# Surreal Numbers and Games/Simple Arithmetic

We have created 15 surreal numbers and given them familiar names. Their relative order is right, but how can we be sure that their values are appropriate? We could have named them ridiculous things like

-50, -49, -10, 2, 3, 3.14159, 4, 10, 11, 12, 50, 999.999, 1000, 1000.000001, 210,000,000,000

and the ordering would still be perfectly fine. One way we might justify the names we have given them is to show that they behave the right way under arithmetic operations- for example, show that ${\displaystyle 1+1=2}$ and the like. We therefore require the method for doing addition with surreal numbers.

 Axiom 3- Addition If ${\displaystyle x,y}$ are surreal numbers then ${\displaystyle x+y:=\{X_{L}+y,x+Y_{L}|X_{R}+y,x+Y_{R}\}}$

The notation ${\displaystyle X_{L}+y}$ means the set of surreal numbers formed by taking all members of ${\displaystyle X_{L}}$ and adding (via Axiom 3) ${\displaystyle y}$ to them. This is another recursive definition but, since each step involves older sets, it is guaranteed to terminate. Let us calculate ${\displaystyle 0+0}$:

${\displaystyle {\begin{array}{rcl}0+0&=&\{\varnothing +0,0+\varnothing |\varnothing +0,0+\varnothing \}\\&=&\{\varnothing ,\varnothing |\varnothing ,\varnothing \}\\&=&\{\varnothing |\varnothing \}\\&=&0\end{array}}}$

 Exercise 1 Show that ${\displaystyle x+0=0+x=x}$ for all ${\displaystyle x}$.

This shows that ${\displaystyle 0}$ is the additive identity for surreal numbers, just as it should be. Our designation for it seems justified. But before we start adding numbers together willy-nilly, we had better verify that our definition of addition gives it all the properties we want from it. We need it to produce well-formed numbers when two well-formed numbers are added, and we would like it to be both commutative ${\displaystyle (x+y=y+x)}$ and associative ${\displaystyle (x+[y+z]=[x+y]+z)}$.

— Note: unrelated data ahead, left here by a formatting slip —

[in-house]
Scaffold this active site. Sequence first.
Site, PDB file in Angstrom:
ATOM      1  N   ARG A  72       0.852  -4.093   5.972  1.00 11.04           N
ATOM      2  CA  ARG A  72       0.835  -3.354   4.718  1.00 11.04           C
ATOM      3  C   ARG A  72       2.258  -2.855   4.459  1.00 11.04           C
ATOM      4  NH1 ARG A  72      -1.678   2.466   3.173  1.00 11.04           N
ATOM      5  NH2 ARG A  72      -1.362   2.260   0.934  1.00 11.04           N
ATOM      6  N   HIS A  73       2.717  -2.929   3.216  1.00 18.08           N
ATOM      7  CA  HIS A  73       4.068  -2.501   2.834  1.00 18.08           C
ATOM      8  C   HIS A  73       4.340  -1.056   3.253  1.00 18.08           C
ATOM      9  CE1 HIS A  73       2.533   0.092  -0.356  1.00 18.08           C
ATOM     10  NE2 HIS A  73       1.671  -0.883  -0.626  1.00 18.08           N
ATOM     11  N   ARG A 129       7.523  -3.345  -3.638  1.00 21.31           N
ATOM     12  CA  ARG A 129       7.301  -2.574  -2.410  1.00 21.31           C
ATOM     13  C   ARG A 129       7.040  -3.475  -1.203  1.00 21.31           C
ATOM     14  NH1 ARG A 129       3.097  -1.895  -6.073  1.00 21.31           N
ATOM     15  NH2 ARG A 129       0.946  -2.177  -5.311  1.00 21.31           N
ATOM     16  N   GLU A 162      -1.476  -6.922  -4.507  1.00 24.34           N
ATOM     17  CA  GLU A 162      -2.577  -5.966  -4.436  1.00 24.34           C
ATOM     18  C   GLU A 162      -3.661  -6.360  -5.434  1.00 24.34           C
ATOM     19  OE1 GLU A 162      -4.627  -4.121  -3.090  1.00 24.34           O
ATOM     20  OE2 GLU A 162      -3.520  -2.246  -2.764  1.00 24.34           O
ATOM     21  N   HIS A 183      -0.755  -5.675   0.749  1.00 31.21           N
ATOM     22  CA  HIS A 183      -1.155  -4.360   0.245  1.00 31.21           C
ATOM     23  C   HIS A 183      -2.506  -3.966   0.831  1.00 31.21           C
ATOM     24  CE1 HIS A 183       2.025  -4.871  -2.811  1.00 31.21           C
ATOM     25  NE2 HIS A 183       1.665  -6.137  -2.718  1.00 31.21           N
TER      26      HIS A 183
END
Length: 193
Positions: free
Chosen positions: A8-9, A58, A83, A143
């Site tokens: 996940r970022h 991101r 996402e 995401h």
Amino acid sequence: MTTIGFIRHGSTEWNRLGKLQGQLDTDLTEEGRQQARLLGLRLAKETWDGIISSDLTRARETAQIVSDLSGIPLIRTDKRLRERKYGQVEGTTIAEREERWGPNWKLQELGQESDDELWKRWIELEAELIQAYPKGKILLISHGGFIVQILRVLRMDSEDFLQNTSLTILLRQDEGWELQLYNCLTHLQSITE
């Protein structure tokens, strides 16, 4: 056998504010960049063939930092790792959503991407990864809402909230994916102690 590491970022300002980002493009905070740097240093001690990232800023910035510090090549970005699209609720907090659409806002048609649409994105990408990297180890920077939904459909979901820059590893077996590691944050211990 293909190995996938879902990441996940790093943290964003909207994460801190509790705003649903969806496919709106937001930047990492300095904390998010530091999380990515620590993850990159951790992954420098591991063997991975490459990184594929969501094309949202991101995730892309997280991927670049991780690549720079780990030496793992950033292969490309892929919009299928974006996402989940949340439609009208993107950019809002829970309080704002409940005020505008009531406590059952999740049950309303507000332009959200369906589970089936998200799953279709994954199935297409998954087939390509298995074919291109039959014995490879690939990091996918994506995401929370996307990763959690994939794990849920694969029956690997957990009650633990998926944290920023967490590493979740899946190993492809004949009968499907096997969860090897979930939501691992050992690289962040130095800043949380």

Theorem 1- commutativity of addition If ${\displaystyle x,y}$ are any two surreal numbers, then ${\displaystyle x+y=y+x}$.

${\displaystyle x+y=\{X_{L}+y,x+Y_{L}|X_{R}+y,x+Y_{R}\}}$

${\displaystyle y+x=\{Y_{L}+x,y+X_{L}|Y_{R}+x,y+X_{R}\}}$

It is plain to see that these are the same if:

${\displaystyle X_{L}+y=y+X_{L}}$

${\displaystyle X_{R}+y=y+X_{R}}$

${\displaystyle Y_{L}+x=x+Y_{L}}$

${\displaystyle Y_{R}+x=x+Y_{R}}$.

All these just amount to the commutative law on older numbers. You proved in Exercise 1 that commutativity holds when one of the numbers is ${\displaystyle 0}$ so, by induction, commutativity holds in general.

 Exercise 2 The commutative law is actually stronger than mere equality; show that ${\displaystyle x+y\equiv x+y}$, provided that the ${\displaystyle x}$ on the left hand side is identical to the one on the right and similar for ${\displaystyle y}$. You may need to adapt Exercise 1 to finish the proof.
 Theorem 2 (2A) If ${\displaystyle a,a',b,b'}$ are any four surreal numbers such that ${\displaystyle a\leq a'}$ and ${\displaystyle b\leq b'}$, then ${\displaystyle a+b\leq a'+b'}$. (2B) If ${\displaystyle v,v',w,w'}$ are any four surreal numbers such that ${\displaystyle v+w\leq v'+w'}$ and ${\displaystyle w'\leq w}$ then ${\displaystyle v\leq v'}$.

It turns out that both parts of this theorem need to be proved in tandem. Let us introduce the shorthand notation ${\displaystyle P_{2A}(a,a',b,b')}$ to mean that (2A) is valid for these four numbers and ${\displaystyle P_{2B}(v,v',w,w')}$ to mean that (2B) is valid for ${\displaystyle v,v',w,w'}$. Now, ${\displaystyle P_{2A}(a,a',b,b')}$ is true only if:

• (2Aa) ${\displaystyle A'_{R}+b'\not \leq a+b}$ and
• (2Ab) ${\displaystyle a'+B'_{R}\not \leq a+b}$ and
• (2Ac) ${\displaystyle a'+b'\not \leq A_{L}+b}$ and
• (2Ad) ${\displaystyle a'+b'\not \leq a+B_{L}}$.

By contradiction, suppose (2Aa) is false. In that case we would have ${\displaystyle A'_{R}+b'\leq a+b}$, and we also know that ${\displaystyle b\leq b'}$. Now observe that, if we are allowed to assume ${\displaystyle P_{2B}(a'_{R},a,b',b)}$ is valid, then ${\displaystyle A'_{R}. This we know to be absurd, and so (2Aa) would have to be true.

Now let us find when ${\displaystyle P_{2B}(v,v',w,w')}$ is valid. Again, the proof is by contradiction. Let us assume that ${\displaystyle w'\leq w}$ and ${\displaystyle v+w\leq v'+w'}$ but ${\displaystyle v\not \leq v'}$. Then some ${\displaystyle v'_{R}\leq v}$ or ${\displaystyle v'\leq }$ some ${\displaystyle v_{L}}$. But from the addition we get

• ${\displaystyle V'_{R}+w'\not \leq v+w}$ and
• ${\displaystyle v'+w'\not \leq V_{L}+w}$.

Now, if we could assume ${\displaystyle P_{2A}(v'_{R},v,w',w)}$ and ${\displaystyle P_{2A}(v',v_{L},w',w)}$, these would give us the contradiction necessary to prove ${\displaystyle P_{2B}(v,v',w,w')}$. Write them out in full if this is not clear. In other words, we the validity of ${\displaystyle P_{2B}}$ depends on the validity of ${\displaystyle P_{2A}}$ applied to a simpler set of numbers. The structure of the inductive proof is becoming clearer. Returning to (2Aa), it is true if ${\displaystyle P_{2B}(a'_{R},a,b',b)}$ is valid; and this is valid if in turn